Different delivery models

So I am planning three initial courses all set up in different ways which offer different opportunities for payment prompts.

1. Open Access on Youtube – No advertising

I will use this for my first course which will be on qigong.  This gives people very easy access to the material.  Payment prompts will be included in videos at the start and end of the course, in the written video information that shows below the video and in some of the downloadable material at the associated website.

All these prompts are quite passive, in that they can be seen and ignored, or the person can think ‘I’ll do it later’ and then forget about it quite easily.  But there will be several of them, so hopefully this will be enough to prompt some people to actually follow through and make payment.  It is also easy to set up.

2. Open Access on Youtube – With advertising

Very similar to option one, but with ads enabled.  This will mean that even if people do not pay me due to the prompts, I will still receive some payment from advertising shown along with the videos.  I am somewhat hesitant to use this (to do with my thoughts on advertising and society – more on this in another post), but figure it is a good opportunity to experiment and see the different results.  I don’t expect a high number of people to follow through on the relatively passive payment prompts, so using advertising would ensure that I get at least some money for the people viewing my videos (it is not a lot, but can add up if there are enough people watching).  I will be able to compare the money received from my course without advertising to the one with.  If enough money comes in without advertising, I can always turn the advertising off later.  Alternatively if not enough money comes in, I can always turn the advertising on on the other course.

I will use a self defence course to test this model.

3. Pay what you want ‘Pay Wall’

The final option I am planning to test initially is to create a ‘Pay Wall’ where people cannot access the content unless they go through a payment gateway.  In this case it would be a pay what you want gateway, so they can still put in zero as their payment if they want to, but this is a much stronger prompt to make payment as it is right in front of you and you have to click past it to move on.  From a theoretical point of view I like this model best, I think it has the best probability of actually prompting payment from the people using the course.

I will probably set it up so that the initial material is open access, so the student can see how they like some of the material before they are faced with making a payment, and I think I’ll put another prompt at the very end of the course for those who paid zero initially, if they have reconsidered after using the whole course they can make a payment then.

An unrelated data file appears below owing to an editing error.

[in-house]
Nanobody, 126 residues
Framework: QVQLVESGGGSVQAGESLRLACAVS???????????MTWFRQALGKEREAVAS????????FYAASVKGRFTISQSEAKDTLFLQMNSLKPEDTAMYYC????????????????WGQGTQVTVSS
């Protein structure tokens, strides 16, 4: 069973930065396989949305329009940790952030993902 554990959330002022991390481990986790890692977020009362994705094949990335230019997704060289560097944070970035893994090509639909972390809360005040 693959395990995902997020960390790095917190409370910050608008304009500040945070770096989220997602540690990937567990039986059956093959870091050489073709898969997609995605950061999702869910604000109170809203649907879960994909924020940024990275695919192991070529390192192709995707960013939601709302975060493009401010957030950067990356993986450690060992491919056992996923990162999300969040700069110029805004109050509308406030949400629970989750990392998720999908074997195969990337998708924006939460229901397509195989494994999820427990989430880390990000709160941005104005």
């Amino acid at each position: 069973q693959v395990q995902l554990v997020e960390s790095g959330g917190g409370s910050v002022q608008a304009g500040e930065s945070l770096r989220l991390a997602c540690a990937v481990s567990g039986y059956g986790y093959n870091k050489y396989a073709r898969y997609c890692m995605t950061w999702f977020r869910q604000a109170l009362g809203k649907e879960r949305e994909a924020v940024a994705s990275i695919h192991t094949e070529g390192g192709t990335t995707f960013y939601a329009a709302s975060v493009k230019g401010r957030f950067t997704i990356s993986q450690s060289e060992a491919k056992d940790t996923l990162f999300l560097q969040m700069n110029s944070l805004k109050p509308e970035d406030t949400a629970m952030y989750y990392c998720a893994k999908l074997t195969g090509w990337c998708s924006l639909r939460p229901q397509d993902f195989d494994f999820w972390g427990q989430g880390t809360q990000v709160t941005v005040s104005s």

The reason I will use this model last is because even though I like this model the most, it will be the most difficult to set up and require the most time and expense.  I will have to host the videos somewhere other than on youtube so they will be secure, and purchase software and become familiar with it etc etc.  Basically this one is going to take me awhile to figure out technically and I want to move ahead and start offering the courses now, so I will start with the youtube based models first to get me started and hopefully have things figured out by the time I am ready to put my third course online.

I will trial this model with a course on breathing.

It’s going to be a lot of work, but I’m kind of excited about it as well.  People have always enjoyed these courses and told me that they’ve got a lot out of them when I’ve delivered them live or through my offline homestudy courses.  I think that putting them online in an easily accessible format will open these courses up to many more people – maybe even internationally, and provide really useful resources to my current students as well, with the added bonus of it being better for the environment as well due to physical materials not having to be produced. I’ve been working on the first course for a couple of weeks now, and I am hopeful that if I work hard I will be able to get all three courses up by the end of the year.  I will announce on this site when the first course is available online.


The ‘Give Freely, Receive Freely’ experiment

Hi everyone

A few weeks ago I started an experiment with giving freely and recieving freely.  I am doing this with my clinical work (I practice Traditional Chinese Medicine, Qigong and also offer Massage and Lifestyle Advice).  You can read what I initially posted explaining the idea, on my website for my clinic here: http://developyourqi.com/?p=468

The experiment is off to a fairly uneventful start (not a lot of people know about it yet), but as I have thought about it more and had conversations with people about it, I have realized that I have a lot more to say about the ‘give freely, recieve freely’ concept.  I think that it not just about an alternative way to look at money and exchange, but a concept that bridges over into other areas of our lives and how we view the world and interact with others.

So I have created this blog to share my further thoughts on giving and receiving freely.  I hope that you find them interesting and that I inspire a few people to look at the world a bit differently as a result.